(1830-1895) Viceroy and khedive of Egypt
Ismail was a very ambitious leader of Egypt,
aiming at bringing the country back to former
greatness. He extended the Sudanese dominions, he
extended railways and built telegraph lines. But
his policy was funded by foreign loans, and he
also had enormous personal expenses. The result
was factually bankruptcy for Egypt, directly
leading his fall as khedive and the British
occupation in 1882.
Among Ismail's most successful projects were to
create a modern Cairo, as well as parts of
Alexandria, with wide avenues and buildings based
upon European models. All this was inspired by
From 1863 to 1876 he had increased
the foreign debts of Egypt from £7 million to £100
1830 December 31: Born in Cairo as second
son of Ibrahim Pasha.
— Receives an European style education from Paris,
1863: Succeeds his uncle Said Pasha as
viceroy of Egypt under Ottoman suzerainty.
1866 November: Establishes the Chamber of
Notable, an assembly of delegates, which had an
advisory function towards him. The assembly was
dominated by village chiefs.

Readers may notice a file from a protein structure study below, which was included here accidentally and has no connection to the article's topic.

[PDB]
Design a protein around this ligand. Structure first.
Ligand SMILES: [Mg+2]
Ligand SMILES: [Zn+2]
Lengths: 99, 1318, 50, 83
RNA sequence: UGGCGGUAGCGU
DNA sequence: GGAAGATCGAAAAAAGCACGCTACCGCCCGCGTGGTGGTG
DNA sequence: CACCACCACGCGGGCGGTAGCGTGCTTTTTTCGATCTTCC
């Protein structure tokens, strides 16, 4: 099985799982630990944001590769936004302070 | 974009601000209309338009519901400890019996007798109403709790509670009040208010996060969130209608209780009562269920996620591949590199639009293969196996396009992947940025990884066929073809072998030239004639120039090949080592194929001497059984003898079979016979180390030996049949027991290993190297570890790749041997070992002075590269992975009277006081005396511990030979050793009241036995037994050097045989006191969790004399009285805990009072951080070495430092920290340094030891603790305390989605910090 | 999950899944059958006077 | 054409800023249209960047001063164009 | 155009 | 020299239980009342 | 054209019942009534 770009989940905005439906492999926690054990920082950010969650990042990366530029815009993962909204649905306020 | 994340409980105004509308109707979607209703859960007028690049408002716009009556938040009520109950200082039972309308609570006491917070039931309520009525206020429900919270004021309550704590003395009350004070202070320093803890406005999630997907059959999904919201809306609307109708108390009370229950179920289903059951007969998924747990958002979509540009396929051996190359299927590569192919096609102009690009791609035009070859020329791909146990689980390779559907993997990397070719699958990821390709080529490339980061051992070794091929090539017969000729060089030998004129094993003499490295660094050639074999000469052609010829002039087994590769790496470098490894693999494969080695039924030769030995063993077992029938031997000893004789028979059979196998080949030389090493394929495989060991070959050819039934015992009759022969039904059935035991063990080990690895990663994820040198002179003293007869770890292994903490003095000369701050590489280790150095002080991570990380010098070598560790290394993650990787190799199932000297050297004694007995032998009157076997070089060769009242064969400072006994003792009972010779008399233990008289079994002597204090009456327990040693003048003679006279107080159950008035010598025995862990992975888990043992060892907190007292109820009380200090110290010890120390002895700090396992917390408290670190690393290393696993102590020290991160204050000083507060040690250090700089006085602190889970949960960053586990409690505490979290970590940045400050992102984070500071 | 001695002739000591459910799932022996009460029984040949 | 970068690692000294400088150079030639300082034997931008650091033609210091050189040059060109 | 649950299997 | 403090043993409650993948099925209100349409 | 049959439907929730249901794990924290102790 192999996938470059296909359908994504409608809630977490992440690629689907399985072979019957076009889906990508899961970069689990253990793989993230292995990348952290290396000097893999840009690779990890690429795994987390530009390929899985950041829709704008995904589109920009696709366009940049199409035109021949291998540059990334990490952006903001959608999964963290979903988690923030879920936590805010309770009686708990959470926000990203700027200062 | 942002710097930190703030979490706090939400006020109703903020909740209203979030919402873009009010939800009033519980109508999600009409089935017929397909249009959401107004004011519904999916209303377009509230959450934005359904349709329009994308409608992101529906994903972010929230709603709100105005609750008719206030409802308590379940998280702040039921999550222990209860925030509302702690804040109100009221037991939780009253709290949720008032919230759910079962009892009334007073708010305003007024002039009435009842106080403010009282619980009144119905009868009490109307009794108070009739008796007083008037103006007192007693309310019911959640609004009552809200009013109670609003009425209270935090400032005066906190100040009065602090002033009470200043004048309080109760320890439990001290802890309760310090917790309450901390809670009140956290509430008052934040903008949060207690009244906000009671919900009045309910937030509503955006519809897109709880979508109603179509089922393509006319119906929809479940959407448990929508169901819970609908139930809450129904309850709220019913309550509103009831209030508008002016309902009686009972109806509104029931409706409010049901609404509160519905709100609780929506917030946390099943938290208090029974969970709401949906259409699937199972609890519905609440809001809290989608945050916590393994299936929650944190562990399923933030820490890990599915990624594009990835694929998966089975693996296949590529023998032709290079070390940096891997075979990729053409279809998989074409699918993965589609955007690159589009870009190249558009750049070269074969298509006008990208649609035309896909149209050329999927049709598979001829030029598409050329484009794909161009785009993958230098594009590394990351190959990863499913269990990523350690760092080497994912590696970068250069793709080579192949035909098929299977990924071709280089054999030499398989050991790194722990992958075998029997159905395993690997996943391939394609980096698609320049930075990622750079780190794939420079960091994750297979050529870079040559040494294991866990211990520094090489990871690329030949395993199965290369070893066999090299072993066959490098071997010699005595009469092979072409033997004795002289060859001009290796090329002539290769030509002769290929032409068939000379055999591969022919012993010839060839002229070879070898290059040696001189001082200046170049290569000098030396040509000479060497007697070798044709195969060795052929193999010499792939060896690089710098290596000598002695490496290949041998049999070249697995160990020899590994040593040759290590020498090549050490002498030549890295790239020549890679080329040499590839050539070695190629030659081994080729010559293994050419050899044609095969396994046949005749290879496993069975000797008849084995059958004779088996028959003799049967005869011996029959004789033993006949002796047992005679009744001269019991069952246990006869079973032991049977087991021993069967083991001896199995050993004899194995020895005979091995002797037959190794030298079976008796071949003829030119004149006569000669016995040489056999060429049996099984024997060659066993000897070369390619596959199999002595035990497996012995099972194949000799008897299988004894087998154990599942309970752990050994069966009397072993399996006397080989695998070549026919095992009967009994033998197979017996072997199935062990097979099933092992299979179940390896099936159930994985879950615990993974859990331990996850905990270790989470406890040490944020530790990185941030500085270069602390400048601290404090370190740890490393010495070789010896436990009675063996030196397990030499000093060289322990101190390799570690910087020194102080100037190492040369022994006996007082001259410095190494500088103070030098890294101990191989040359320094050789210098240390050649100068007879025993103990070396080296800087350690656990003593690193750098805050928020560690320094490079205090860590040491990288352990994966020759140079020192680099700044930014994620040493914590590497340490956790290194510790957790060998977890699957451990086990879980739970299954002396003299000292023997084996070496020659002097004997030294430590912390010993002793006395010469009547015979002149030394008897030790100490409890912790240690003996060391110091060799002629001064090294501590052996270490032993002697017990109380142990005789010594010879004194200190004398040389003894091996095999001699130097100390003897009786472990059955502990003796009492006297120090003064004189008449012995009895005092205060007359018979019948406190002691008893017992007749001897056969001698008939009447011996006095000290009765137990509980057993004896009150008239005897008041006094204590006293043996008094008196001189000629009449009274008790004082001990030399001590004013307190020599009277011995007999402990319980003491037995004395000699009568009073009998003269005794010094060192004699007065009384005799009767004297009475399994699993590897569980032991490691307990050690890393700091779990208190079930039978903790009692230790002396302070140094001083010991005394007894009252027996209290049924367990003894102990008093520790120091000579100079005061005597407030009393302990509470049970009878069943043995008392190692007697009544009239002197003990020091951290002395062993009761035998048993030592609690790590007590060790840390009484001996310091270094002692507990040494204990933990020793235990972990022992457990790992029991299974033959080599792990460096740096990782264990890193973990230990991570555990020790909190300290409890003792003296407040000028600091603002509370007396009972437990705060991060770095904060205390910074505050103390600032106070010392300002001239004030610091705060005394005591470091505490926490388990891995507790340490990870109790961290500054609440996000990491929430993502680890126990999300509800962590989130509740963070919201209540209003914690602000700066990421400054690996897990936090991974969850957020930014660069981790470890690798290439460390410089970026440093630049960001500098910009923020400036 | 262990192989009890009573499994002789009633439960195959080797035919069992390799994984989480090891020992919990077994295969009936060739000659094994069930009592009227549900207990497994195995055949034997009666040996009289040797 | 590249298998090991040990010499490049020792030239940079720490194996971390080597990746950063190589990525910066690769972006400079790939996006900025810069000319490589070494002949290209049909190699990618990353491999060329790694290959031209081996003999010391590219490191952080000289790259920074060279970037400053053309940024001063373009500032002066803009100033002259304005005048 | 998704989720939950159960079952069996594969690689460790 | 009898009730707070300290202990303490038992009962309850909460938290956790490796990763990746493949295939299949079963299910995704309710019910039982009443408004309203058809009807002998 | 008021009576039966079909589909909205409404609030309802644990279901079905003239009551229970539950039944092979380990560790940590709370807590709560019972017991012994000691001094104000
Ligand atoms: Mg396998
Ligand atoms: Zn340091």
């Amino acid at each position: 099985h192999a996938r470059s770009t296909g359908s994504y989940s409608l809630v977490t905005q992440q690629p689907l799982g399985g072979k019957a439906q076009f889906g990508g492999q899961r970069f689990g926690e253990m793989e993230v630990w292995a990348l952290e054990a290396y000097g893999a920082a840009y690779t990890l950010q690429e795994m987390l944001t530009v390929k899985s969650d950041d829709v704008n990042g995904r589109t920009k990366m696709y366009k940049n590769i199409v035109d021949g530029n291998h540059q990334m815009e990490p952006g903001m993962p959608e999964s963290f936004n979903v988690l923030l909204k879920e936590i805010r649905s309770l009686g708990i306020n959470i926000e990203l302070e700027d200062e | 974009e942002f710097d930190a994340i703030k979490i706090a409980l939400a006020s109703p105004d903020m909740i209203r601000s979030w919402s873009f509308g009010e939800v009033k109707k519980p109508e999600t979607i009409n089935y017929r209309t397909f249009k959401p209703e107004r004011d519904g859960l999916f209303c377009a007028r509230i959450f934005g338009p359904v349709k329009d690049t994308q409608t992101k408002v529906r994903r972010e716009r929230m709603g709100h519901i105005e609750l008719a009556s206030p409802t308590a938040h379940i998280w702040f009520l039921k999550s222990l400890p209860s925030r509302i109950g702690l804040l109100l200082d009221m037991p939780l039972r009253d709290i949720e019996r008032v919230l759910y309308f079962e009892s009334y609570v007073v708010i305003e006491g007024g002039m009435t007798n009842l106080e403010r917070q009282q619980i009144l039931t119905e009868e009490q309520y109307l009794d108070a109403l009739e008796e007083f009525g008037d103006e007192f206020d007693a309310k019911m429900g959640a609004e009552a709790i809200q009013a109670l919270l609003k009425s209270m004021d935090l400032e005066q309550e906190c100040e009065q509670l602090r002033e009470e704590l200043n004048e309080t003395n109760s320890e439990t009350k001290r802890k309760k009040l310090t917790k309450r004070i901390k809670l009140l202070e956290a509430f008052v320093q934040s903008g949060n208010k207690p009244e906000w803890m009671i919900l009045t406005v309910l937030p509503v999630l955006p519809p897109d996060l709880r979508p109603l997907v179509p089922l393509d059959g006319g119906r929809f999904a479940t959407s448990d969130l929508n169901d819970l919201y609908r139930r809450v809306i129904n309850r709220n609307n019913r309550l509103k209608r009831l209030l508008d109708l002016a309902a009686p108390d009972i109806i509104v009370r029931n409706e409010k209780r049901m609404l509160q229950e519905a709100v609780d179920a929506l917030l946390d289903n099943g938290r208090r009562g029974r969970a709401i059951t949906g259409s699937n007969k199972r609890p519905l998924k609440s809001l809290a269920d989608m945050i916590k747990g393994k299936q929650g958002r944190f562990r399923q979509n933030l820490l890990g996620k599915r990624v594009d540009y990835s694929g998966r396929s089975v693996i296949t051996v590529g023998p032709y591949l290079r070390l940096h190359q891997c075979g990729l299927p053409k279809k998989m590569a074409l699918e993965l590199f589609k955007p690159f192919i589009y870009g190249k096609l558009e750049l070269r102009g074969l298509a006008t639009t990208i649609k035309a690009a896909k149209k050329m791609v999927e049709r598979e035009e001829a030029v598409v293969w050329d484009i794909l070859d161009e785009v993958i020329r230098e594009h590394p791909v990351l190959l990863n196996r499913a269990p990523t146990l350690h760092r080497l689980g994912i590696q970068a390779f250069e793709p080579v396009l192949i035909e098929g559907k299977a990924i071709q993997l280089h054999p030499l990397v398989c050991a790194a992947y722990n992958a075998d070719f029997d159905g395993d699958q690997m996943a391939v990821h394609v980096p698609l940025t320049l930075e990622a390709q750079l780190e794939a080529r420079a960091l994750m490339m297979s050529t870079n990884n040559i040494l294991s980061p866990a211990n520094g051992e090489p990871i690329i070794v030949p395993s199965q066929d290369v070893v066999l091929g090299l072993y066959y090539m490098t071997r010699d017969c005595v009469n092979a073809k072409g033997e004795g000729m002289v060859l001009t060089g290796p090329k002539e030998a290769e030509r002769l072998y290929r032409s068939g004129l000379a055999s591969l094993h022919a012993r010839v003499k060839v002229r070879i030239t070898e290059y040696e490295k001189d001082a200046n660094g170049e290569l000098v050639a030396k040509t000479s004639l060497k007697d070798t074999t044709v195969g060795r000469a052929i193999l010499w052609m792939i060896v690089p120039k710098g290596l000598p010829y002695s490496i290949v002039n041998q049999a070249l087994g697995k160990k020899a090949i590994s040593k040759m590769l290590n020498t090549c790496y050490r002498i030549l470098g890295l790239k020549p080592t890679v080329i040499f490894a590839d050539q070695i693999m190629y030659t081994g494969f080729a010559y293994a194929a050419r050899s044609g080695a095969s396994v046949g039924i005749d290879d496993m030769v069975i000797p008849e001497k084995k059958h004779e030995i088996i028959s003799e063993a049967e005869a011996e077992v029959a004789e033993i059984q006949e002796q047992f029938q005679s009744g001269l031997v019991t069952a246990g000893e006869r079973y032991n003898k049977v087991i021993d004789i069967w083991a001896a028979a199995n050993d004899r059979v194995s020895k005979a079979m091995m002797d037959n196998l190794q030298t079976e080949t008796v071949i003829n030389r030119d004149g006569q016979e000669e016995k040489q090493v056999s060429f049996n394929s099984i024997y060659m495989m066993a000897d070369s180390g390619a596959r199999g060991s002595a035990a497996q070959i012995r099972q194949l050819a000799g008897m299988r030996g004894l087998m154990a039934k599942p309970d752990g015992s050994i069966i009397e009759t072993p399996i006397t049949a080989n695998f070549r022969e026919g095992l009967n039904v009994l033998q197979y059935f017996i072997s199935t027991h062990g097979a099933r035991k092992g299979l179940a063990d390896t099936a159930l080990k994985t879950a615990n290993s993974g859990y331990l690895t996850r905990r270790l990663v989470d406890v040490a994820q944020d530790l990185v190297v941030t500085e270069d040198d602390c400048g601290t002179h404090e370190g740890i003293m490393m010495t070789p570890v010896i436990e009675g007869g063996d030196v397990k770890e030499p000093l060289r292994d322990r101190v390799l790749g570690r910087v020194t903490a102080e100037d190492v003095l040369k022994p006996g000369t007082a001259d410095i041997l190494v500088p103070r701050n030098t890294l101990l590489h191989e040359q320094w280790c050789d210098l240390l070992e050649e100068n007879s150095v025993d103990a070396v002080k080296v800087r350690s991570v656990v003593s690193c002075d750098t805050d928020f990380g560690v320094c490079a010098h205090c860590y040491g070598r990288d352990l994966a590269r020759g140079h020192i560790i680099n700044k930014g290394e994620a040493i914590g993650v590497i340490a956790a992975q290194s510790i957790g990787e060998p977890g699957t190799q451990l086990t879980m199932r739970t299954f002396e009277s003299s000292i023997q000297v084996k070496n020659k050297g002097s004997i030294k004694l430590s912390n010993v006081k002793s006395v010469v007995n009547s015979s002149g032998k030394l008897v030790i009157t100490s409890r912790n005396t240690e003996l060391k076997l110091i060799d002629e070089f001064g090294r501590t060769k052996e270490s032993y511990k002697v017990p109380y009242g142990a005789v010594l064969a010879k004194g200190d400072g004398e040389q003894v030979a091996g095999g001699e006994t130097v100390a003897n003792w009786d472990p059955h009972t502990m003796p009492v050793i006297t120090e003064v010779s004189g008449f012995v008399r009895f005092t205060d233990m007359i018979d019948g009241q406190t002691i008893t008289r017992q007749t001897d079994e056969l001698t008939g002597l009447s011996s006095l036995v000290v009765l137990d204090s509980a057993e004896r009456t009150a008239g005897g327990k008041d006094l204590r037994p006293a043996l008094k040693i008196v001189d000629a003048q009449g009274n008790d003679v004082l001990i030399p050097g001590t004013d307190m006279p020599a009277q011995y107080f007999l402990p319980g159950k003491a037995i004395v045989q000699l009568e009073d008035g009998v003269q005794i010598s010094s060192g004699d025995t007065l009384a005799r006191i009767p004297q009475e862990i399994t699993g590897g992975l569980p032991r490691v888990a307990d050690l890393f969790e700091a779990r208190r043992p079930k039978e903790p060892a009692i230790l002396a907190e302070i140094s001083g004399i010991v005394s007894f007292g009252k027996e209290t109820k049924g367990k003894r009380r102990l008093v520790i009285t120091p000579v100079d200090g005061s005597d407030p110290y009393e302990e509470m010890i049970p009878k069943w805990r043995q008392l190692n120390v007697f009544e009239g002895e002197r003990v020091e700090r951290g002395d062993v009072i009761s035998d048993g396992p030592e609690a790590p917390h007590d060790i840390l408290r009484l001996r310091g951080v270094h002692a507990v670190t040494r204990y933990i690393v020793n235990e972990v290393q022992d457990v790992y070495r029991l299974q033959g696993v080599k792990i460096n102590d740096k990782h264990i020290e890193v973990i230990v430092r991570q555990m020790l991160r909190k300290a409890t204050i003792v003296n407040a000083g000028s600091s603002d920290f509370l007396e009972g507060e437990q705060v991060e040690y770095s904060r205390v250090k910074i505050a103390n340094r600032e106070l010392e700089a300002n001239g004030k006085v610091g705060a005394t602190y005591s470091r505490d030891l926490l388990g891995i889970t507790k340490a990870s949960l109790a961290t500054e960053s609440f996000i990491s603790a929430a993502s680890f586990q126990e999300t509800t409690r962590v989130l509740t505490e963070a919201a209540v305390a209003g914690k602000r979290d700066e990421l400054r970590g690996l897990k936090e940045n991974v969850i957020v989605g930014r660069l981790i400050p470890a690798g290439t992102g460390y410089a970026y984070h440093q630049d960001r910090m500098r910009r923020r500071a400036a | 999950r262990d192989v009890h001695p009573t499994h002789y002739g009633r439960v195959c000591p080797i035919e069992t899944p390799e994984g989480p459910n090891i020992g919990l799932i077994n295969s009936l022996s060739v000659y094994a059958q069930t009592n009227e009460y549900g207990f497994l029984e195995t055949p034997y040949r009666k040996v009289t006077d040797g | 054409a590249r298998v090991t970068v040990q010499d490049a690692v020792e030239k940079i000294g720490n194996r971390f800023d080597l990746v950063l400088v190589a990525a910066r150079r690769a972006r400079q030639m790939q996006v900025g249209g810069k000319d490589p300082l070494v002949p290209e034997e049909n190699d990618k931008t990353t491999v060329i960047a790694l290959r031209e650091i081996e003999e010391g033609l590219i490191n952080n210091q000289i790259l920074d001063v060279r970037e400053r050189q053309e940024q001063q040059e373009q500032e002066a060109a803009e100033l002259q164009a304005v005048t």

1867: Receives the hereditary title of
khedive from the Ottoman sultan.
1869 November: With the opening of the Suez
Canal, Ismail turns the event into an
international celebration of his own splendour.
1873: Obtains a decree from the Ottoman
sultan, securing Egypt almost full independence.
1874: Annexes the Darfur province (western
— His army is defeated when trying to invade
1875: Ismail sells Egypt's shares in Suez
Canal to the British Government for £4 million,
thereby postponing a financial crisis.
1876: Ismail's advisory assembly forces
Ismail to reinstate a law giving tax advantages to
landowners, thereby proving the assembly's force
and iterate Ismail's weak position.
1878: Being unable to pay his expenses and
service his loans, Ismail has to transfer all his
property to the state, becomes a constitutional
sovereign and allows the establishment of a
government with a British citizen as finance
1879 June: Ismail is dismissed by the
Ottoman sultan. He is succeeded by his son Tawfiq,
and moves to Naples. He was later permitted to
move to Constantinople (now Istanbul), Ottoman
1895 March 2: Dies in Constantinople.